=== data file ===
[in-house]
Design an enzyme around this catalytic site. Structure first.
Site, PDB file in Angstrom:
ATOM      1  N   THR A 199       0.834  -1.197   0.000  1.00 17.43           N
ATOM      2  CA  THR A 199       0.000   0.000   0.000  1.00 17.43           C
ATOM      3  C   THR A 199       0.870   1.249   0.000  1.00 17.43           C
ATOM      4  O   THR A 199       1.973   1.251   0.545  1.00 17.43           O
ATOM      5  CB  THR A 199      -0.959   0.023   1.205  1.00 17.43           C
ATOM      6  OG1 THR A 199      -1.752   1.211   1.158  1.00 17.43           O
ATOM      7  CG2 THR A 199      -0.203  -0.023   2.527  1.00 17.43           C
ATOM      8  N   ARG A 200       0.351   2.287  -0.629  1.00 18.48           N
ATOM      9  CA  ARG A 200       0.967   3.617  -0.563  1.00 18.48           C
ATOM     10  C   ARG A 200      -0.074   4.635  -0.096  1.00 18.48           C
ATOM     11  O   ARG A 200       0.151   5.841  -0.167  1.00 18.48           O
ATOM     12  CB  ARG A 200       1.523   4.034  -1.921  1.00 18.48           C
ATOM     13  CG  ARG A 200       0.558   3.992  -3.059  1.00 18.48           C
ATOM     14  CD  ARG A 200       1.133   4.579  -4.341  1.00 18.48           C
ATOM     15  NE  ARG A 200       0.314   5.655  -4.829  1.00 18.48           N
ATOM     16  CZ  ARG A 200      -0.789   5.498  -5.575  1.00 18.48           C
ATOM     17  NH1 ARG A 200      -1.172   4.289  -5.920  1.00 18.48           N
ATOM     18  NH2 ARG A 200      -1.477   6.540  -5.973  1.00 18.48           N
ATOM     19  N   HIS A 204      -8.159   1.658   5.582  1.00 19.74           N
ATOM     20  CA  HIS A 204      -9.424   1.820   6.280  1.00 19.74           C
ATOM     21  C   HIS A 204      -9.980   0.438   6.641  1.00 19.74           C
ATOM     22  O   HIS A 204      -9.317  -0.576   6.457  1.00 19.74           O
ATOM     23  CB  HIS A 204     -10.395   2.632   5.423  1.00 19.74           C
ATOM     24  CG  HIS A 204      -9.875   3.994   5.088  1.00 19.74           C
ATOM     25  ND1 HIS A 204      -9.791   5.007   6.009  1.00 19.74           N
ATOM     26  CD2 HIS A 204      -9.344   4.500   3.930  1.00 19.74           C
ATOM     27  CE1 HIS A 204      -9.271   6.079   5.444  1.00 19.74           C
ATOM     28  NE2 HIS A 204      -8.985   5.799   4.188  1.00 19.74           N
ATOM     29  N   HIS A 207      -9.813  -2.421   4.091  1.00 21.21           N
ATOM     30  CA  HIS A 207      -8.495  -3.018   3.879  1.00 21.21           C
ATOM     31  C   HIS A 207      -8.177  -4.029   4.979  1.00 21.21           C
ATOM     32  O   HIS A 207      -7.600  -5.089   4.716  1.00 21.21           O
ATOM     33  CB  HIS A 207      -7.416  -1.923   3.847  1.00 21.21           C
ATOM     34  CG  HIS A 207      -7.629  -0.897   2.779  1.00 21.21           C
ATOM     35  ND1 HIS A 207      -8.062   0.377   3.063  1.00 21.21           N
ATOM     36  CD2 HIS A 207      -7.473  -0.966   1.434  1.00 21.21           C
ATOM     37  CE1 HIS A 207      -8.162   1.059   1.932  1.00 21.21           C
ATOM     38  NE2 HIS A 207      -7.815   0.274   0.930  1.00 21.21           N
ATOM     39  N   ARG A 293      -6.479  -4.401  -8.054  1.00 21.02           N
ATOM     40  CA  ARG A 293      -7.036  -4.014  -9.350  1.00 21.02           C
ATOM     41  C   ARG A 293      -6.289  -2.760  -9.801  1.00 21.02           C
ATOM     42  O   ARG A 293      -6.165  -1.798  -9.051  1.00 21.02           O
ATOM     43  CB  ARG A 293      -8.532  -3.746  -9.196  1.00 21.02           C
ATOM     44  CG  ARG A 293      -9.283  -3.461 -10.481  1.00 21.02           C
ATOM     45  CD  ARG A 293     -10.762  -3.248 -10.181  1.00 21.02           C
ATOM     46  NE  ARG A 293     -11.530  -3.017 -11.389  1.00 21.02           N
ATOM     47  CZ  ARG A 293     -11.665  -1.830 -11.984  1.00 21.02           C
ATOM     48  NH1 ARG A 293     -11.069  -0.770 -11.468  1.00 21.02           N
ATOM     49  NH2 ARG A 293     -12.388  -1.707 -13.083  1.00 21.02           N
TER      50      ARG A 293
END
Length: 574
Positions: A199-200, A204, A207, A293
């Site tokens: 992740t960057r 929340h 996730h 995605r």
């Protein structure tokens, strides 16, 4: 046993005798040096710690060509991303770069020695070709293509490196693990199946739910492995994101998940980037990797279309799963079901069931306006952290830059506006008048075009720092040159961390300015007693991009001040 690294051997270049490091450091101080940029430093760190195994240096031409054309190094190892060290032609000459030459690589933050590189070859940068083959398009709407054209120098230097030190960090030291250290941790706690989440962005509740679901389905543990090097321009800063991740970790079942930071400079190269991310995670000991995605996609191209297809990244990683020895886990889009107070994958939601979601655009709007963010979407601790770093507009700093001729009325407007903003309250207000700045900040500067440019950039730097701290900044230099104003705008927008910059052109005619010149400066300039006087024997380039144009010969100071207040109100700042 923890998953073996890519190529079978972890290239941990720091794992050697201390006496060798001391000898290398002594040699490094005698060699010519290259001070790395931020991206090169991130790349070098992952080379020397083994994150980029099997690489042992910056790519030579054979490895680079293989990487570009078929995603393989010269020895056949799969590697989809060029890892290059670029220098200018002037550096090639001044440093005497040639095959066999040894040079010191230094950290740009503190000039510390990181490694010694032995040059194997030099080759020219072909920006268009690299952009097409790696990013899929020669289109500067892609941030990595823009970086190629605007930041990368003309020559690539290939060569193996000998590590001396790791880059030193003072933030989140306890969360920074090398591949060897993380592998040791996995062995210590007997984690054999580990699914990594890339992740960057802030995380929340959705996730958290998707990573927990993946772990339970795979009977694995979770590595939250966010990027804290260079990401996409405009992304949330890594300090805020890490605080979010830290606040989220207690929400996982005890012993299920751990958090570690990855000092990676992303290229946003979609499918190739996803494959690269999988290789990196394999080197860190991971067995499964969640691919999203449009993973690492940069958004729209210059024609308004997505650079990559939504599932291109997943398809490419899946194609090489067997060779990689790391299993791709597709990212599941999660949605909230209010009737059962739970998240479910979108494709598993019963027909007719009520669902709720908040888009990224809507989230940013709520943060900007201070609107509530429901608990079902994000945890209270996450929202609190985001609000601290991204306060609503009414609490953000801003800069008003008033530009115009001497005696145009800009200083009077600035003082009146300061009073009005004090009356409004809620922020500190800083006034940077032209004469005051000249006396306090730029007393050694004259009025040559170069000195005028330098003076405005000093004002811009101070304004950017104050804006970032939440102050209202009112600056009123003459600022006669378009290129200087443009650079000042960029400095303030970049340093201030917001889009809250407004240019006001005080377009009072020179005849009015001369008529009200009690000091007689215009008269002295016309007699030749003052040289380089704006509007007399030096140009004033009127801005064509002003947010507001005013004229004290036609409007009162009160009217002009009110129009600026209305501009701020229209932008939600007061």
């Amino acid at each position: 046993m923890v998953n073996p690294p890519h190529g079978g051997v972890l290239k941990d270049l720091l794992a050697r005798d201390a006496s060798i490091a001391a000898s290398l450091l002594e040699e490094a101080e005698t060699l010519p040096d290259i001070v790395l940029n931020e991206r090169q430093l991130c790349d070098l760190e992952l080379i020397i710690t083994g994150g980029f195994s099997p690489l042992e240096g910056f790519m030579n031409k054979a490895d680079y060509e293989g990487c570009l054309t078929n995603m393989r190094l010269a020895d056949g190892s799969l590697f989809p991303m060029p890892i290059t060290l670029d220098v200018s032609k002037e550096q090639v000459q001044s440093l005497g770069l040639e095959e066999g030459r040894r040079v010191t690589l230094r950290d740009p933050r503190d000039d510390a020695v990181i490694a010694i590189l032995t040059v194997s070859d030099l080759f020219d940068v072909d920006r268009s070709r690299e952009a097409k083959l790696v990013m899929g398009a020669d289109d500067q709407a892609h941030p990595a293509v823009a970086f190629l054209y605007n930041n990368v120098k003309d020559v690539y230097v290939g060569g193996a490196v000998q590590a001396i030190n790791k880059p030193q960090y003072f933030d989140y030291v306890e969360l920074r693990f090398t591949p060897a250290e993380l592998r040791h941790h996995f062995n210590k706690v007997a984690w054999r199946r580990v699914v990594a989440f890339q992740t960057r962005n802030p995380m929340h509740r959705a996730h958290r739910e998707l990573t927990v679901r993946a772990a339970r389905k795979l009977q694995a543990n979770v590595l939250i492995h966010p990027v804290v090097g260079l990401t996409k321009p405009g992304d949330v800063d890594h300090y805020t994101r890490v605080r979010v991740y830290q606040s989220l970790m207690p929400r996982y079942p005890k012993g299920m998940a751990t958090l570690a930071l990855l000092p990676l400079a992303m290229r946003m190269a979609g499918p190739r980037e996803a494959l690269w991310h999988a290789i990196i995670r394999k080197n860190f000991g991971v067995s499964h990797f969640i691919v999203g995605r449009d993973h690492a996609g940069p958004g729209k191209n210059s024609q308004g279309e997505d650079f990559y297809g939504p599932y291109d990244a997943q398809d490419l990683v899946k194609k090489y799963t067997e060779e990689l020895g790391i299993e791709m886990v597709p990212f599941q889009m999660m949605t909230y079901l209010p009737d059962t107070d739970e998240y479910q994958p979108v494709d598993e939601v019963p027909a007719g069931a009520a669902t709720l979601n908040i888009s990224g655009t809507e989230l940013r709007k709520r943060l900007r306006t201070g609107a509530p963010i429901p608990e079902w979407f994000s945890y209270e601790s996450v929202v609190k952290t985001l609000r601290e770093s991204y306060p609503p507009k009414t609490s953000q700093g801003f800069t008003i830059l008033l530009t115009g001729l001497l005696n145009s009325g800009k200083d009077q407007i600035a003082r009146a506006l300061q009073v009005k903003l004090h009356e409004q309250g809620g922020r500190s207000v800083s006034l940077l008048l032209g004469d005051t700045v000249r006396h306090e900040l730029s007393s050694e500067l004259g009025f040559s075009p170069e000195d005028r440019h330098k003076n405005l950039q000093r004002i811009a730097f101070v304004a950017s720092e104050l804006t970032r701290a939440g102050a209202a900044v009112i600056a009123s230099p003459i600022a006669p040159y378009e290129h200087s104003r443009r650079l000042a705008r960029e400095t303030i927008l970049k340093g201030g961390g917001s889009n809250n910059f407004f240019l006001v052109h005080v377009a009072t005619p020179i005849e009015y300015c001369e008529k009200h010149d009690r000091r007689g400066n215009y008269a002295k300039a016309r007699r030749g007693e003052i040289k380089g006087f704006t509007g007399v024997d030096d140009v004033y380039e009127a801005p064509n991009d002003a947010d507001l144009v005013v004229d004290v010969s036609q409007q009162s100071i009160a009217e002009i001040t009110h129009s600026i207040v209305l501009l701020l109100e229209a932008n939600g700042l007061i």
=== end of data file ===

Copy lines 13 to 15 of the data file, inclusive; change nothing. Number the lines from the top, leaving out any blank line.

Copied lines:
ATOM     10  C   ARG A 200      -0.074   4.635  -0.096  1.00 18.48           C
ATOM     11  O   ARG A 200       0.151   5.841  -0.167  1.00 18.48           O
ATOM     12  CB  ARG A 200       1.523   4.034  -1.921  1.00 18.48           C